In the Cariboo Chilcotin Coast region of BC you will find small populations of people, sparsly dispersed in a vast landscape. The Tsilhqot’in (also called the Chilcotin) people are the most southern of the Athapascan-speaking Aboriginal people in British Columbia. When translated Tsilhqot’in means “river people”. Their traditional territory is the high altitude Chilcotin Plateau where they occupy the rivers. Along the coast are people of the Kwakwakaw’akw, the Nuxalk people of Bella Coola and Coast Salish Nations and, furtehr to the interior is the historical territory of the Northern Secwepemc, part of the  Salish peoples.

Visitors can experience a wide array of travel and cultural experiences in the Cariboo Chilcotin Coast.

Thomson Okanagan;

This region has semi-arid deserts, vast wilderness parks, and some of the most fertile farmland in the province. There are mountains, meadows, lakes, rivers, waterfalls, rolling hills, and thick forests.

The Indigenous peoples of this area are the Nlaka’pamux, Okanagan and Secwepemc nations, each with distinct cultures and traditions. The Nlaka’pamux are known for expressing the landscape of their homeland, theor dreams, and their experience through their clothing, face-painting, and jewelry. The Secwepemc people carry forward their knowledgeof plants for food qnd medicine and tools. The Okanagan First Nations lived in harmony with the land, and now educate others through the Nk’Mip Desert Cultural Centre in the southern Okanagan.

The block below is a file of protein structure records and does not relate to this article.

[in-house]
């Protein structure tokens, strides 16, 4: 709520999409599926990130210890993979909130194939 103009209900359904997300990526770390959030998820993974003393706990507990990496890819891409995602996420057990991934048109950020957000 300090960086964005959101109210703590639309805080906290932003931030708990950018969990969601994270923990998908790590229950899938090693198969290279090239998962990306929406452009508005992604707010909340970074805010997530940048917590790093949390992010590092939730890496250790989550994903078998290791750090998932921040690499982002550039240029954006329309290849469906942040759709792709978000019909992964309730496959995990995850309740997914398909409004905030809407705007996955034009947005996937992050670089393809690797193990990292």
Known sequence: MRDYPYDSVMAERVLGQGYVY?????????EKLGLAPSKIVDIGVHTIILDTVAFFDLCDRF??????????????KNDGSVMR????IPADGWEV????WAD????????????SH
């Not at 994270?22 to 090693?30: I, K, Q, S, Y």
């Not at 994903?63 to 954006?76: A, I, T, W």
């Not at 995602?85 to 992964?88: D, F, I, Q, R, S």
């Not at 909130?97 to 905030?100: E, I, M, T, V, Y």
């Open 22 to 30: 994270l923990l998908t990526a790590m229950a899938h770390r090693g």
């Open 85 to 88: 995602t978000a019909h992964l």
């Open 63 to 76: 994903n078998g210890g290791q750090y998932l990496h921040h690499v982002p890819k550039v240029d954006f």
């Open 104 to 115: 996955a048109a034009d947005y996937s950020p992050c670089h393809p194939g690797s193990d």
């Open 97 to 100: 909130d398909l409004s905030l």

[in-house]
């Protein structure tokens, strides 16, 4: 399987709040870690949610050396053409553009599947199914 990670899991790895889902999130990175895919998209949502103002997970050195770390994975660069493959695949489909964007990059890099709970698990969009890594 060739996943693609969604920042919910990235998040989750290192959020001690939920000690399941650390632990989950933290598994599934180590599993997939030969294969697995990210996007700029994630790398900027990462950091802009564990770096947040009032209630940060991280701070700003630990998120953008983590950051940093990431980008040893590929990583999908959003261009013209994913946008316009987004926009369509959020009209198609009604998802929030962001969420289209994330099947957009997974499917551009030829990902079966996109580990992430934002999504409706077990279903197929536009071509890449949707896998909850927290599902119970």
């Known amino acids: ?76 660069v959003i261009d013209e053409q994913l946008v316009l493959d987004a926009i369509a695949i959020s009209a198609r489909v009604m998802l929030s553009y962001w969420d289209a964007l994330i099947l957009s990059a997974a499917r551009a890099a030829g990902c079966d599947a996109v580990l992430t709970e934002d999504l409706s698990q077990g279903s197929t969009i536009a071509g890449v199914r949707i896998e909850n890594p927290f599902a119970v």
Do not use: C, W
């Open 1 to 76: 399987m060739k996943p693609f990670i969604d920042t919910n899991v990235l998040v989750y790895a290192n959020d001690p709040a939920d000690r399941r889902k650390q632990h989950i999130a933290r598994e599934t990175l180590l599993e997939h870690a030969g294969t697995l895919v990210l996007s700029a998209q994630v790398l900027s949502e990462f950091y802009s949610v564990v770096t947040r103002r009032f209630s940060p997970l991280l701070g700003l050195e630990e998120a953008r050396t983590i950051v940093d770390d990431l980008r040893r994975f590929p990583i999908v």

Kootenay Rockies;

Located in the southeastern corner of the province,the kootenay Rockies region of BC embraces five different mountain ranges, including the western ranges of the Canadian Rockies, creating breathtaking vistas and river valleys and providing a world-class outdoor playground.

This is the traditional territory of the Ktunaxa Kinbasket Nation, also known as the Kootenay (or Kootenai in the US). Shared lands, a rich cultural heritage, and a language so unique that it is not linked to any other in the world, make the Ktunaxa First Nation distinctive.

Indigenous people play an important role in the Canadian Tourism Industry. Think of:

Cultural Tours & Centres, Outdoor & Wildlife Viewing &Adventures, Restaurants, Bistros, Cafés, Wineries, Accommodation, Hotels, Lodges, Cabins, RV Parks, Camping, Art Galleries, Museums, Gift shops, Fishing & Golfing.